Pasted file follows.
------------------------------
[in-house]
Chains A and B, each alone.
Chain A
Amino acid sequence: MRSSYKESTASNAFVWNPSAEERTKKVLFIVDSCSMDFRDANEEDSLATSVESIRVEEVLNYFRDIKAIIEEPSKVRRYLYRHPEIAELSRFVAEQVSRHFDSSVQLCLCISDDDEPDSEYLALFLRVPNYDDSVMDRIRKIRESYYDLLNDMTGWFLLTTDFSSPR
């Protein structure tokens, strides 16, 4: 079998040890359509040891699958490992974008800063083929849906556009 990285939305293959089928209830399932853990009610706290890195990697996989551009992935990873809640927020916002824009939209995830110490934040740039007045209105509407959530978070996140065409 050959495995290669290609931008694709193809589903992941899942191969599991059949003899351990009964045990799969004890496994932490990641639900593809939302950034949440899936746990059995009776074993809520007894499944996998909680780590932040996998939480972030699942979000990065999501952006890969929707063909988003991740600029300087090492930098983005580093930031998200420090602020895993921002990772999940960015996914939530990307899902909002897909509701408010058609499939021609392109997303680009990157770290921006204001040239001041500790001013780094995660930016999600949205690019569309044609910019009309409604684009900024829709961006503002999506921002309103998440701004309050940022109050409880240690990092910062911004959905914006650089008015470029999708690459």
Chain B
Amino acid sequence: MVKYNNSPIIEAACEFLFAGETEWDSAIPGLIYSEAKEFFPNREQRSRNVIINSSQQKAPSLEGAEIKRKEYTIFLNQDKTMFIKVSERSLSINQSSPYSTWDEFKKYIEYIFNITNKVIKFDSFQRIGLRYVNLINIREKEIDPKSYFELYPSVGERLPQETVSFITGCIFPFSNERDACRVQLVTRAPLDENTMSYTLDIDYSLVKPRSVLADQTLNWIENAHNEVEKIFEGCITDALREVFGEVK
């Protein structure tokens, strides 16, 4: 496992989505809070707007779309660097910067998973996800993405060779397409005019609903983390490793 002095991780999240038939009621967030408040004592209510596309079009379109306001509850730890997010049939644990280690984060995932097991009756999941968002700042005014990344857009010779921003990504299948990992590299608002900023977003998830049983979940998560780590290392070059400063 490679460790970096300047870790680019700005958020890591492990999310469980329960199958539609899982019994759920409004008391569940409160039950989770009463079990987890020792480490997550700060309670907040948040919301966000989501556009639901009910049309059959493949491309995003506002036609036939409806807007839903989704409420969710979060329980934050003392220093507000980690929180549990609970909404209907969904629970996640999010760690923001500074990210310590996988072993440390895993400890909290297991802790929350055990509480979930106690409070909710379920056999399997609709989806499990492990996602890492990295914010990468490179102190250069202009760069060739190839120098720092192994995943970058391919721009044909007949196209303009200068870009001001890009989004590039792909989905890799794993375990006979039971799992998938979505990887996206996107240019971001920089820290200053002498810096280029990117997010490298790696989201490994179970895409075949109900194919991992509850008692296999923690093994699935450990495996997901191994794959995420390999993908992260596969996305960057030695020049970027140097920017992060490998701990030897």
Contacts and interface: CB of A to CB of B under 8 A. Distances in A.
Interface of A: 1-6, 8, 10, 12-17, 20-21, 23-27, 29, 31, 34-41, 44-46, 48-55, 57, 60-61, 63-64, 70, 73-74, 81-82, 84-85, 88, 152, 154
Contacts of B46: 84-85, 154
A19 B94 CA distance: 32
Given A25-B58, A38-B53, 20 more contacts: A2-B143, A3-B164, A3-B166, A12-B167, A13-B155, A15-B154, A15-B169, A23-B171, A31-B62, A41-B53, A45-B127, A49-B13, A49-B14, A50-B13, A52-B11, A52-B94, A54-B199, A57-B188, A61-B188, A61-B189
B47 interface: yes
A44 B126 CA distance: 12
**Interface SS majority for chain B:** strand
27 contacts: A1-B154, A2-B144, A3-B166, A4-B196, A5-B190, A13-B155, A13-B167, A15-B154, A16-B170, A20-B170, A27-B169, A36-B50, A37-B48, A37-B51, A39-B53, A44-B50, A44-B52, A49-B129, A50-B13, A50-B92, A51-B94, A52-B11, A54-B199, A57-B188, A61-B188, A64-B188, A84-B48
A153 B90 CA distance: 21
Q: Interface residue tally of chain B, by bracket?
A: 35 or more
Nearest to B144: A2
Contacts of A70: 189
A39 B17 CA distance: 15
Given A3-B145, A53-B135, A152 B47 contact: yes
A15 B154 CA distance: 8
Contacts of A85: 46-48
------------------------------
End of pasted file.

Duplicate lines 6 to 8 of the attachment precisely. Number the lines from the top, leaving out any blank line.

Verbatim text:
Chain B
Amino acid sequence: MVKYNNSPIIEAACEFLFAGETEWDSAIPGLIYSEAKEFFPNREQRSRNVIINSSQQKAPSLEGAEIKRKEYTIFLNQDKTMFIKVSERSLSINQSSPYSTWDEFKKYIEYIFNITNKVIKFDSFQRIGLRYVNLINIREKEIDPKSYFELYPSVGERLPQETVSFITGCIFPFSNERDACRVQLVTRAPLDENTMSYTLDIDYSLVKPRSVLADQTLNWIENAHNEVEKIFEGCITDALREVFGEVK
């Protein structure tokens, strides 16, 4: 496992989505809070707007779309660097910067998973996800993405060779397409005019609903983390490793 002095991780999240038939009621967030408040004592209510596309079009379109306001509850730890997010049939644990280690984060995932097991009756999941968002700042005014990344857009010779921003990504299948990992590299608002900023977003998830049983979940998560780590290392070059400063 490679460790970096300047870790680019700005958020890591492990999310469980329960199958539609899982019994759920409004008391569940409160039950989770009463079990987890020792480490997550700060309670907040948040919301966000989501556009639901009910049309059959493949491309995003506002036609036939409806807007839903989704409420969710979060329980934050003392220093507000980690929180549990609970909404209907969904629970996640999010760690923001500074990210310590996988072993440390895993400890909290297991802790929350055990509480979930106690409070909710379920056999399997609709989806499990492990996602890492990295914010990468490179102190250069202009760069060739190839120098720092192994995943970058391919721009044909007949196209303009200068870009001001890009989004590039792909989905890799794993375990006979039971799992998938979505990887996206996107240019971001920089820290200053002498810096280029990117997010490298790696989201490994179970895409075949109900194919991992509850008692296999923690093994699935450990495996997901191994794959995420390999993908992260596969996305960057030695020049970027140097920017992060490998701990030897």